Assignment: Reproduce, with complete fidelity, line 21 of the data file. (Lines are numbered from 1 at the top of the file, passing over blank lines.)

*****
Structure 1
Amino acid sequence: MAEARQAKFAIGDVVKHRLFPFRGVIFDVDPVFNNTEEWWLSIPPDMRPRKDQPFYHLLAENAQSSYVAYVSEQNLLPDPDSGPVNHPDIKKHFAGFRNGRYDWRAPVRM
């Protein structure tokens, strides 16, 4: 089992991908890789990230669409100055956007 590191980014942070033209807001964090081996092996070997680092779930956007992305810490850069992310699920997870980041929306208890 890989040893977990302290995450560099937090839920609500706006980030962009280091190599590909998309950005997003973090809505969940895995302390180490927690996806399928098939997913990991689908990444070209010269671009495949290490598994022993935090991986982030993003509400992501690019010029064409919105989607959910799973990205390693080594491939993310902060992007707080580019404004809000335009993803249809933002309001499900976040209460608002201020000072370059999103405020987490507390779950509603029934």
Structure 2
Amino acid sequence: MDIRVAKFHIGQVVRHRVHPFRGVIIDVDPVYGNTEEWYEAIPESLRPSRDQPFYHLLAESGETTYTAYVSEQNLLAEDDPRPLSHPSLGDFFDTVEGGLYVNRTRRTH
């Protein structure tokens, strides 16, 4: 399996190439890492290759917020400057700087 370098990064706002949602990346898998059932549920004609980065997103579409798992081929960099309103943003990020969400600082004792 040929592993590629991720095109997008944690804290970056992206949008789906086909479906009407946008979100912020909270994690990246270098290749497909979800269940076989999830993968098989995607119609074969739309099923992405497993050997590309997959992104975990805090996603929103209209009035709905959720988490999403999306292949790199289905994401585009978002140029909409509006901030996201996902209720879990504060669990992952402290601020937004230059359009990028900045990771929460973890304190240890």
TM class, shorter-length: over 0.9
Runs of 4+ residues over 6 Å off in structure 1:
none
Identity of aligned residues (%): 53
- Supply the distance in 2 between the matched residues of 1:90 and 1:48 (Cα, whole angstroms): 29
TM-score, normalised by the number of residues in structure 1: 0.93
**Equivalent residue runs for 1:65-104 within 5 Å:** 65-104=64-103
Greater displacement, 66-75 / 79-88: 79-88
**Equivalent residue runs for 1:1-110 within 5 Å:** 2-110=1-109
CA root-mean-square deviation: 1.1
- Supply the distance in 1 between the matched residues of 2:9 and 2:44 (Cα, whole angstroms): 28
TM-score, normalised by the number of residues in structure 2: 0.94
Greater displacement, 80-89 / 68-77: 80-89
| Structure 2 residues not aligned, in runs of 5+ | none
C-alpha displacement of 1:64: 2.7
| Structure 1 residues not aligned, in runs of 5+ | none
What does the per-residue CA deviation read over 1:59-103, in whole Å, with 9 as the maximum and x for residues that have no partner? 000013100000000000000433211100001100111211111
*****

C-alpha displacement of 1:64: 2.7